Co-operative Bank of Kenya
The commercial banks the Central Bank regulated were all foreign owned, a situation that was part of the colonial heritage that the new government of independent Kenya was determined to change.
The country’s first fully locally owned commercial bank came on June 19th 1965 when the Co-operative Bank of Kenya was registered as a co-operative society initially to serve the growing farming community. Co-op Bank, as it came to be known, commenced operations as a bank on January 10th 1968 with a start-up capital of only KShs 255,000, supplemented by an interest-free loan from the government of KShs 214,000, repayable in ten years.
Co-op Bank’s first board of directors comprised: B. Kathanga, chairman; Charles Rubia, vice-chairman; J.K. Muthama; A.H. Kamau; M. Gheewalla; J.J. Musundi; D.N. Kuguru; S. Rintaugu and S. Mogire.
At the beginning Co-op Bank exclusively served farmers through the co-operative movement. Individuals were not allowed to hold accounts with the bank and it lacked its own nationwide branch network, relying instead on the main commercial banks as its agents throughout the country. This is a far cry from the bank’s position today where it is ranked the fourth-largest co-operative bank in the world – after Rabobank in the Netherlands, Co-operative Bank in Britain and Credit Agricole in France.
The first fully government owned bank – the National Bank of Kenya – was established on June 19th 1968 with John Michuki, then Treasury permanent secretary, as chairman of its board of directors. Other directors were Eliud Matu Wamae, Patrick Mwangola and Kipkurui Cherono. Two years later, Michuki was appointed executive chairman of the newly established Kenya Commercial Bank (KCB) and his place at the National Bank of Kenya was taken over by Stanley Githunguri.
The government set up Kenya Commercial Bank after buying a 60% stake in the National and Grindlays Bank and splitting the bank up into two banks – the Kenya Commercial Bank and Grindlays Bank International (Kenya). KCB took over all but two of the branches previously operated by National and Grindlays Bank in Kenya. It was those two branches that constituted Grindlays Bank International (Kenya).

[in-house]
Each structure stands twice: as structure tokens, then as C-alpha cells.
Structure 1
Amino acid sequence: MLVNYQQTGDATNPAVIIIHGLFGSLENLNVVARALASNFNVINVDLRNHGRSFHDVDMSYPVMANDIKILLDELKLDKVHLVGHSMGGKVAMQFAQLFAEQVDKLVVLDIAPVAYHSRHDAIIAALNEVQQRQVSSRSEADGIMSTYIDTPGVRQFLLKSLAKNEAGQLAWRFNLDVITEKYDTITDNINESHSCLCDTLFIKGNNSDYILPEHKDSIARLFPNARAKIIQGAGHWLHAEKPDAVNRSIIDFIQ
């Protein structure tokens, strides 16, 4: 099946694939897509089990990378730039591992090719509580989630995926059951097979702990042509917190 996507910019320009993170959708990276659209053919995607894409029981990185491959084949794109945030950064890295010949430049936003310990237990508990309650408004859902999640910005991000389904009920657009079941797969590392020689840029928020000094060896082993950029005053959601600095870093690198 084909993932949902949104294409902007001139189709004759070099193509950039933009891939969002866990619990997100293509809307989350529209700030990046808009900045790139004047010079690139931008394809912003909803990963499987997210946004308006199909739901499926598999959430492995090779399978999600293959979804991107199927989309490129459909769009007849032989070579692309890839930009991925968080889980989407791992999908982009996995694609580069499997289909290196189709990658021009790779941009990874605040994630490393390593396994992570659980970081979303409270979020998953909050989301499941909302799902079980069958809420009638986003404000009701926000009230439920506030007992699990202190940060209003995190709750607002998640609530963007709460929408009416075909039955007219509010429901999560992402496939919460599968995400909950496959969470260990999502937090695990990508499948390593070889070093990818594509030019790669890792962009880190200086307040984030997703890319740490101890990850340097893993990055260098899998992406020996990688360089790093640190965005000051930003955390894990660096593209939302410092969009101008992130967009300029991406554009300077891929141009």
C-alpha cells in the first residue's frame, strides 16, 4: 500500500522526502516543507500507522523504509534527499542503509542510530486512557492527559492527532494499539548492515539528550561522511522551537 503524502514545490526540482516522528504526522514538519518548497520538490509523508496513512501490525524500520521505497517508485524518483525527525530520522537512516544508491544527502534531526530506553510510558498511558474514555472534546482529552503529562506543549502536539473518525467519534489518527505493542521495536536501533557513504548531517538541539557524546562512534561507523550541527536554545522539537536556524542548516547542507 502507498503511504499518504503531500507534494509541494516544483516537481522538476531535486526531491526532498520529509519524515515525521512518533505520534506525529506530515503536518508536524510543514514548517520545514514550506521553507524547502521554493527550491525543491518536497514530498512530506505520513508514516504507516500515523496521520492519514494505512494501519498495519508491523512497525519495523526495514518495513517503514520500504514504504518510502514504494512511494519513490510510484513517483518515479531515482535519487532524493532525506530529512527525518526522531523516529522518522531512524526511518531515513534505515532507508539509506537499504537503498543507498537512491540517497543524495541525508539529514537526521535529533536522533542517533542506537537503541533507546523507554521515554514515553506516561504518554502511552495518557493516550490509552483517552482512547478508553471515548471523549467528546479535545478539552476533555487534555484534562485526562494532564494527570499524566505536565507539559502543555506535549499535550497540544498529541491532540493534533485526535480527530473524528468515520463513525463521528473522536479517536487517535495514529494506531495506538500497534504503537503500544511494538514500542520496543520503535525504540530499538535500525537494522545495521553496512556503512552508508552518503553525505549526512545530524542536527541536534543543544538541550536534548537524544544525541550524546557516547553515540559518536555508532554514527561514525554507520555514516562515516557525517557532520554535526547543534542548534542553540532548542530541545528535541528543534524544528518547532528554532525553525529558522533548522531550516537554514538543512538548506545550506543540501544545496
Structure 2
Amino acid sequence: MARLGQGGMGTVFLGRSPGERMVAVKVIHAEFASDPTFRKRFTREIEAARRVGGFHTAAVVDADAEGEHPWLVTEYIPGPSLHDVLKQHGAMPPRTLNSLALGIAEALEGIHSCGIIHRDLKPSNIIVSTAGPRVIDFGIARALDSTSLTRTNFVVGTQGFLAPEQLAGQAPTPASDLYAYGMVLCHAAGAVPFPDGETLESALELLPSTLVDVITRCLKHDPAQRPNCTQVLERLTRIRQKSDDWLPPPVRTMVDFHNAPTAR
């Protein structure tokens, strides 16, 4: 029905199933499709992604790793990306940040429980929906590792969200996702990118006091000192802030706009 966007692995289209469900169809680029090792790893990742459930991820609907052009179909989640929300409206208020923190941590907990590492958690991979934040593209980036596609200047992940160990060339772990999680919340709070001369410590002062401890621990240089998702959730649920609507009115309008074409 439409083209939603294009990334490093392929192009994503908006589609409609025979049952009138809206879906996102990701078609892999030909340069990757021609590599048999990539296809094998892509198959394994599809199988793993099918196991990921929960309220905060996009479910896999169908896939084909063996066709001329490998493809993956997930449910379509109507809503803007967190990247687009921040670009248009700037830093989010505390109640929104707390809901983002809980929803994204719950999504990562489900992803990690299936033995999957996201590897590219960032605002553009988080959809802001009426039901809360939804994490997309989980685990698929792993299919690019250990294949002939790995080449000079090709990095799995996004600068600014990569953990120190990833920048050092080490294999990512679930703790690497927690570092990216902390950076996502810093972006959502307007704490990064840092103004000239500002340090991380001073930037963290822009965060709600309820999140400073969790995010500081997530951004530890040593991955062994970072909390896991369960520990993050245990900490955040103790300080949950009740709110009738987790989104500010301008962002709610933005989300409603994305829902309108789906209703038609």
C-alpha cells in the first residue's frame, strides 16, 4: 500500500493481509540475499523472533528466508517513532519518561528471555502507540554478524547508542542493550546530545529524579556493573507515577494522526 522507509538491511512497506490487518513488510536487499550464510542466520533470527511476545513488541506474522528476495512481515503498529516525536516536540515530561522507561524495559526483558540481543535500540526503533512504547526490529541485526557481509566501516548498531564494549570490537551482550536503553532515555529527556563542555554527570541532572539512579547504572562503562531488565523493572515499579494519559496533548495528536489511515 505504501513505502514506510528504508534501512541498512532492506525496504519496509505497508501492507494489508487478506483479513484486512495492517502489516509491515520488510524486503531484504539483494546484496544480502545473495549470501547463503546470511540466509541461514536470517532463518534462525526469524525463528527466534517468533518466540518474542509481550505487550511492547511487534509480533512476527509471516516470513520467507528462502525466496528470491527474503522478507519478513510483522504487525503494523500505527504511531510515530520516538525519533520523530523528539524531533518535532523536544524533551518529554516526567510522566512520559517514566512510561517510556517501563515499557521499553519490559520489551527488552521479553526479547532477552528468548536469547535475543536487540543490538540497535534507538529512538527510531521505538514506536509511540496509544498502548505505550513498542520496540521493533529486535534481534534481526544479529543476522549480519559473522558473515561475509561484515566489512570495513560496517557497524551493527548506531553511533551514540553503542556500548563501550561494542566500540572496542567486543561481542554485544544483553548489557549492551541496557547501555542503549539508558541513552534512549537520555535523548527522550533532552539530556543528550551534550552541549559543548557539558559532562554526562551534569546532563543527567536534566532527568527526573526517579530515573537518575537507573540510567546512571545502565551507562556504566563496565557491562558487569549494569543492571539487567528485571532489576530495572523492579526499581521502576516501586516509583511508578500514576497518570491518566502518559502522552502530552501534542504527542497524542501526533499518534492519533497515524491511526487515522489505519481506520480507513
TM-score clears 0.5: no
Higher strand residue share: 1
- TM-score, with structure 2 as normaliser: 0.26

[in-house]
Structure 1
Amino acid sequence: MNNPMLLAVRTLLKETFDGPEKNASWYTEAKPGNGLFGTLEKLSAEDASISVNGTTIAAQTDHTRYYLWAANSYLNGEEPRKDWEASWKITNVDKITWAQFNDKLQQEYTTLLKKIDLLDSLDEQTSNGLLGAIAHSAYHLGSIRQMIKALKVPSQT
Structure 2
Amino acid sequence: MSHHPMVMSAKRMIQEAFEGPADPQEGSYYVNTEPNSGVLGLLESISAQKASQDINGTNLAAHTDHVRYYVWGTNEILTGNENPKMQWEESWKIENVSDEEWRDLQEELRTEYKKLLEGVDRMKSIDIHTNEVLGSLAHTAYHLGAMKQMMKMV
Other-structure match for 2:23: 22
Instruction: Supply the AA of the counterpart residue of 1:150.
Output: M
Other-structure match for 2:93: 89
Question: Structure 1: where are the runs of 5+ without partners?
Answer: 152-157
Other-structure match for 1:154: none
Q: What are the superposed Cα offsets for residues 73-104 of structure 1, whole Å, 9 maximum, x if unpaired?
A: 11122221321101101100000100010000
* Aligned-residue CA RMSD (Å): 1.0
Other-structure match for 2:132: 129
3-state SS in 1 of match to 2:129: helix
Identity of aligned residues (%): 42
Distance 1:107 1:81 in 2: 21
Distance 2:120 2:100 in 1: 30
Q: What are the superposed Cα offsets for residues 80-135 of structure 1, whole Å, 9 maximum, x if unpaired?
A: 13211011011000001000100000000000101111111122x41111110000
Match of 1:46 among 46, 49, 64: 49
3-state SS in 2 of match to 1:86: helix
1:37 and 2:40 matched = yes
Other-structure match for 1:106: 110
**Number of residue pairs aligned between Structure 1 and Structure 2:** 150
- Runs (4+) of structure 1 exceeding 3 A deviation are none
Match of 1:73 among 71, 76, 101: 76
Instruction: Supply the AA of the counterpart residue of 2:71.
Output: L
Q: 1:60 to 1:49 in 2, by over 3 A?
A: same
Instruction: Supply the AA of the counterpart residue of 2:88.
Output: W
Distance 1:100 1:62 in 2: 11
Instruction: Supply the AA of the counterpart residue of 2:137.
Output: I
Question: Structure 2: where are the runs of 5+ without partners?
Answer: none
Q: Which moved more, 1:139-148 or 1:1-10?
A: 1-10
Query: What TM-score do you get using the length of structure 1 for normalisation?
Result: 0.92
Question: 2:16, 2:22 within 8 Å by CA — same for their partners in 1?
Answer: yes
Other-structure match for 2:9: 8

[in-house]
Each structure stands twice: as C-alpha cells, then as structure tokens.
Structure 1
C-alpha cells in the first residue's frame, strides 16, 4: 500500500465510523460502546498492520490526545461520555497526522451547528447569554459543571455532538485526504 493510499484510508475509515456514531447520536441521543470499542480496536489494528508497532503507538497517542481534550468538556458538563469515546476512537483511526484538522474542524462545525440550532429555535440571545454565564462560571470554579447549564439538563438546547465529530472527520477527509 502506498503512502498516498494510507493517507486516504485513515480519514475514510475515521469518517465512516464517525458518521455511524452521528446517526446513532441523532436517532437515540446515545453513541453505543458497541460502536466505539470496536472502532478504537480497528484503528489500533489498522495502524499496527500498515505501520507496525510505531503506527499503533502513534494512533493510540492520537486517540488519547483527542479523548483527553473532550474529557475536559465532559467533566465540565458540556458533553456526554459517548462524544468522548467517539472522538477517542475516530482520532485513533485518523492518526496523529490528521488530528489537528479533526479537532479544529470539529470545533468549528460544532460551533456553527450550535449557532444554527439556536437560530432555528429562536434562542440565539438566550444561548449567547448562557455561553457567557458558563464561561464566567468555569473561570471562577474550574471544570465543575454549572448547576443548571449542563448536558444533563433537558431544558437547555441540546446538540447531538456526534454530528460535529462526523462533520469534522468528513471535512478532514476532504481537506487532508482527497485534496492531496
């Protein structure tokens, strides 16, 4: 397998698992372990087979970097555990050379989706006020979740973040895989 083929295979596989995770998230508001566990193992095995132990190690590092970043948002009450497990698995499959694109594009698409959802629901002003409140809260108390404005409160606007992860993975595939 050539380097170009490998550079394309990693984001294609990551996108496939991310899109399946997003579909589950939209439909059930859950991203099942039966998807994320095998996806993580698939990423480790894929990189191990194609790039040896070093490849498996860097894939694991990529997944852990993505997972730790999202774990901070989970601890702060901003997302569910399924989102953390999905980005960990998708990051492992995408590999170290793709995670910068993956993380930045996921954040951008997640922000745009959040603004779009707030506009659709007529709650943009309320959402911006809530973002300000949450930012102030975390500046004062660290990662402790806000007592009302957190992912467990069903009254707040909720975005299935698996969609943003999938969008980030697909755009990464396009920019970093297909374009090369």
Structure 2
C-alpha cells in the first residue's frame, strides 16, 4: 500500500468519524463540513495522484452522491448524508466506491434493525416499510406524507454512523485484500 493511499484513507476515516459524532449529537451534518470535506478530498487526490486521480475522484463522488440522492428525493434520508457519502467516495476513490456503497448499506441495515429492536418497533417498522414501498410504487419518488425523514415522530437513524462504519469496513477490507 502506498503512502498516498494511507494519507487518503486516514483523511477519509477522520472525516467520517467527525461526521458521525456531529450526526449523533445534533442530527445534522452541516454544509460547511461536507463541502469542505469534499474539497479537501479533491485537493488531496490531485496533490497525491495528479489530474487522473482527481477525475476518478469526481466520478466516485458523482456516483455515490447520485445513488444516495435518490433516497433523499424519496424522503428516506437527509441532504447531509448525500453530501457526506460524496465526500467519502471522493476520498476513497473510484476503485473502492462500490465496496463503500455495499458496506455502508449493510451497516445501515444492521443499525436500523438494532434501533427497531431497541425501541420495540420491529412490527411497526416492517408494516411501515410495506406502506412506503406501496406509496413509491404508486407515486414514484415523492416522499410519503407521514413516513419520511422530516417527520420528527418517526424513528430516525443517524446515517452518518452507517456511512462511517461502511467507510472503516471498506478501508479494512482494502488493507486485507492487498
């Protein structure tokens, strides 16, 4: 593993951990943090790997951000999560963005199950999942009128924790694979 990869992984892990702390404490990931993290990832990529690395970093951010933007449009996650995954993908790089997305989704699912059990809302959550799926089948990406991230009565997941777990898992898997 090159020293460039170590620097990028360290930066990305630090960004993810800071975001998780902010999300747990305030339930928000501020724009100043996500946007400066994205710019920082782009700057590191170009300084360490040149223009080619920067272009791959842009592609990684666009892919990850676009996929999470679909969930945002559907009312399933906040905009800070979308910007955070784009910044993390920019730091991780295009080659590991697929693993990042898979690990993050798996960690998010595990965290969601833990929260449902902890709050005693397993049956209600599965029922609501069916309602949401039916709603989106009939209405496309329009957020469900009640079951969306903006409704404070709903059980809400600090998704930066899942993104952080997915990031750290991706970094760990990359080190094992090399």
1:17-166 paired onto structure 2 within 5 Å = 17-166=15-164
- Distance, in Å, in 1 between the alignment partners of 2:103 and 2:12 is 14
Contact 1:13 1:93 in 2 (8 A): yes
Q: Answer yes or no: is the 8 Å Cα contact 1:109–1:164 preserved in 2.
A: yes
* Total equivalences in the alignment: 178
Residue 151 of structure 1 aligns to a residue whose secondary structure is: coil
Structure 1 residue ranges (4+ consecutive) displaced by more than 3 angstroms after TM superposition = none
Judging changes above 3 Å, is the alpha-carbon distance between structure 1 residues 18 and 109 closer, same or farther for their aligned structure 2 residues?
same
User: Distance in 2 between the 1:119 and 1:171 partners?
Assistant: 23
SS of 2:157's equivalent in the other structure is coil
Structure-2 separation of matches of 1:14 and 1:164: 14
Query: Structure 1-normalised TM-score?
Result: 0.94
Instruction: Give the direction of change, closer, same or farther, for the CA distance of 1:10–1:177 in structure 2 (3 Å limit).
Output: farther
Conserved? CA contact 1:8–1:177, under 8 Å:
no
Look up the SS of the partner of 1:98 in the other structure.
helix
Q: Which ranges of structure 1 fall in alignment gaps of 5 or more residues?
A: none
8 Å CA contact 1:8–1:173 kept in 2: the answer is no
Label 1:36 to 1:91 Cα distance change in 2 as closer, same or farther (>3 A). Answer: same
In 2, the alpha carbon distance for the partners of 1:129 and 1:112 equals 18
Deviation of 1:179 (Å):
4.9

Of the three newly established Kenyan banks, KCB quickly outpaced NBK and Co-op Bank mainly on account of having more capital and a substantially broader branch network. On August 25th 1971 KCB incorporated a subsidiary, Kenya Commercial Finance Company, and the following year acquired Savings and Loan (S&L) Ltd both of which enabled the bank to undertake some activities, such as mortgage finance, that the Central Bank did not at the time permit commercial banks to undertake. Other banks would soon thereafter follow in KCB’s footsteps and set up subsidiaries to undertake those financial transactions that they were not permitted to undertake as commercial banks.
In November 1976 the government assumed full ownership of KCB by buying out the 40% stake initially retained by Grindlays Bank of London.
The formation of the government-owned banks had the desired effect of speeding up the provision of affordable banking services to the majority of the population. It also prompted foreign owned banks to take measures to remain relevant in the Kenyan market and beyond.